South Koreans, it seems, rely not primarily on government schooling as we do, but abundant private options, including tutoring companies that appear to be almost ubiquitous in many Asian nations. Indeed, in 2002 Education Week reported that in Japan “more than 50,000 private cram schools are taking in some $12 billion a year by some estimates.”

The massive consumption of private education is not the only likely explanation for outstanding Asian academic performance. So too is the culture that drives that consumption: As the Post highlights, Koreans put more emphasis on work than the citizens of any other industrialized nation. Of course, that appears to be a double-edged sword, probably yielding great testing outcomes but, as the suicide and income data in the article hint, not necessarily outsized success in life—or happiness. And while national academic standards and tests don’t likely create academic success, they could very well exacerbate the ugly side of Korean culture, taking an already work-obsessed mindset and forcing it on those students and families who might find happiness—and long-term success—in other ways.

Democrats for Educational Freedom

A piece by Ron Matus in today’s St. Petersburg Times is the latest media acknowledgement of growing Democratic support for educational freedom. The expansion of Florida’s k-12 scholarship donation tax credit program, which I blogged about last week, was not a narrow party-line affair. The bill was approved by 82 to 34 in the House and by 30 to 9 in the Senate.

One of the reasons for this shift is growing personal experience among Democratic lawmakers with the programs and the families who use them.

[Democrat Bill] Heller voted against the bill in committee. But then he visited the Yvonne C. Reed Christian School in St. Petersburg and talked to parents who use tax-credit vouchers. He said they changed his mind.

Think about that. The more personal experience legislators have with market education reforms, the more likely they are to support their expansion. The more these programs expand, the more personal experience legislators will have with them…. Get the picture?

Just another reason I expect to see real educational freedom in America in my lifetime.

Will They Vandalize Pepsi Machines This Time, Too?

In an encouraging step for New Jersey children, the state’s Senate Economic Growth Committee has approved a K-12 scholarship donation tax credit bill like the ones already operating in Florida, Pennsylvania, Arizona, Iowa, and Rhode Island. It would allow businesses to make donations to nonprofit scholarship funds that would in turn bring the option of private schooling within reach of low-income families.

Needless to say, the bill has earned the “intense opposition” of New Jersey’s large and powerful public school employees union. The last time somebody offered Jersey’s poor kids an escape from the union-dominated public schools, the union made that somebody an offer that was difficult to refuse.

The “somebody” in question was PepsiCo. As I wrote in Market Education:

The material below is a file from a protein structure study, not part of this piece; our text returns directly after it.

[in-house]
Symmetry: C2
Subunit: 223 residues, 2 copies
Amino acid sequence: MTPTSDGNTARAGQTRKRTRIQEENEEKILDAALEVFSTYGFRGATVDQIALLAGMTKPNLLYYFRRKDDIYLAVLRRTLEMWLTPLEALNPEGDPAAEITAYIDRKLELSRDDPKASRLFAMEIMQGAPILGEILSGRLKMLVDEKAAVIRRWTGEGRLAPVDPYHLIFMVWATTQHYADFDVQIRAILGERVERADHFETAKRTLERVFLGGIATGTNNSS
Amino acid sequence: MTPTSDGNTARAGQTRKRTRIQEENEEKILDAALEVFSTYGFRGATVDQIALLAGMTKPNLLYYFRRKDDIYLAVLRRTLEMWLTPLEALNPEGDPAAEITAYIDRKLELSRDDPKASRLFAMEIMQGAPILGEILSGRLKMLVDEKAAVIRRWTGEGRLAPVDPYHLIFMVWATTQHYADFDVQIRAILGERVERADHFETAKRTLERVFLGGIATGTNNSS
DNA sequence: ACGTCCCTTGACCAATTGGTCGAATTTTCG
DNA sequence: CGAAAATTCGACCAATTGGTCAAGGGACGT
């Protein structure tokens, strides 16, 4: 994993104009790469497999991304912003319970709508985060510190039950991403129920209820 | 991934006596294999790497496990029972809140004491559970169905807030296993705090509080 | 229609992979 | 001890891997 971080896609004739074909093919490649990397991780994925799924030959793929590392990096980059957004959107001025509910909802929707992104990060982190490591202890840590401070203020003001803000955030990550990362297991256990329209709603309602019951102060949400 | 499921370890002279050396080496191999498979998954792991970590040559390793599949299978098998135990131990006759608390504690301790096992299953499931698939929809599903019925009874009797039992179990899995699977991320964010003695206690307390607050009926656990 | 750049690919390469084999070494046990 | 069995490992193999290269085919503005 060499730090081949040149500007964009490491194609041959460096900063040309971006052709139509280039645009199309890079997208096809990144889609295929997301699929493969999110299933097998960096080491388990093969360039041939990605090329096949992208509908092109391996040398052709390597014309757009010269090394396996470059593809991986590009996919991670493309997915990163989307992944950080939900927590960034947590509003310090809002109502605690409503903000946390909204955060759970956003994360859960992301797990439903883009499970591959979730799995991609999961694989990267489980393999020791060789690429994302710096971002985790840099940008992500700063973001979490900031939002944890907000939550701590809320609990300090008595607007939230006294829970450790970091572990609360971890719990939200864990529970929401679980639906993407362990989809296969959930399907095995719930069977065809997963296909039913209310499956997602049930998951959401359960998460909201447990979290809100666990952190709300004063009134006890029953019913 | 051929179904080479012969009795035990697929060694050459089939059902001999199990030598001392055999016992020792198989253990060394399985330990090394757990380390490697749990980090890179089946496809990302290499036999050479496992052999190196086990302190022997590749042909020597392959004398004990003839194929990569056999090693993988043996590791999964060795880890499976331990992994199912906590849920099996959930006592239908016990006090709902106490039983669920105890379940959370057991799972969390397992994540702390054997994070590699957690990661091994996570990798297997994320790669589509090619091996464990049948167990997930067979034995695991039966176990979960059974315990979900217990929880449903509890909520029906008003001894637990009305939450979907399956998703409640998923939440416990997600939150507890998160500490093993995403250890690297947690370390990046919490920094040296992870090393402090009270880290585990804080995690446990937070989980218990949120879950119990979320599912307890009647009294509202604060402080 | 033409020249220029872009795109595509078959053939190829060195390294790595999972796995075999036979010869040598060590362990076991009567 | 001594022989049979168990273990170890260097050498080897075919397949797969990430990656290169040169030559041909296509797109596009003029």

In late October of 1995, officials of the Pepsi company announced at Jersey City Hall that their corporation would donate thousands of dollars in scholarships to help low-income children attend the private school of their choice. The immediate response of the local public school teachers’ union was to threaten that a statewide boycott of all Pepsi products could not be ruled out. Pepsi vending machines around the city were vandalized and jammed. Three weeks later, company officials regretfully withdrew their offer.

And you thought the Sopranos were nice.

“Ideologues” Strike Back—with Evidence!

It’s an all-too-common tactic employed by opponents of educational freedom to demonize school-choice advocates as hell-bent ideologues rather than actually tackling their arguments and evidence. One suspects that this occurs for two primary reasons: (1) smearing is easier than debating, and (2) too many choice opponents don’t have the evidentiary ammunition they need to defend their arguments.

Well, on Jay Greene’s blog today, at least one ardent supporter of school choice — the Friedman Foundation’s Greg Forster — fires a huge shot across the bow of choice detractors especially on the right, letting them know that he’s had it with their ignoring empirical evidence and resorting to playground name-calling. (In fairness to the Manhattan Institute’s Sol Stern, Forster’s primary target, he did come to Cato to debate his recent critique of choice — more than others on his side seem willing to do — though that doesn’t mean he isn’t still dodging inconvenient evidence).

With a little luck, Forster’s essay will help ignite a rational debate on market education reform that’s long overdue, and this time conservative choice detractors won’t just hide behind “ideological” smoke.

Politics Corrupts Everything

The president of West Virginia University, Michael Garrison, is hanging on after the school’s faculty voted 77 to 19 to demand his resignation. Faculty members are outraged that Garrison retroactively awarded an MBA to a friend, who is the daughter of Gov. Joe Manchin III. The Washington Post reports:

Garrison’s critics note that he is a former classmate of Bresch’s. He once worked as a lobbyist for Mylan Inc., where Bresch is an executive and whose chairman is one of WVU’s biggest donors. They also note that Garrison was chief of staff for former West Virginia governor Bob Wise (D).

The Post failed to add the detail that Garrison served on Manchin’s transition team when he succeeded Wise. So yes, when you hire a lobbyist and political operator to run a university, you can expect some favors for politically connected friends.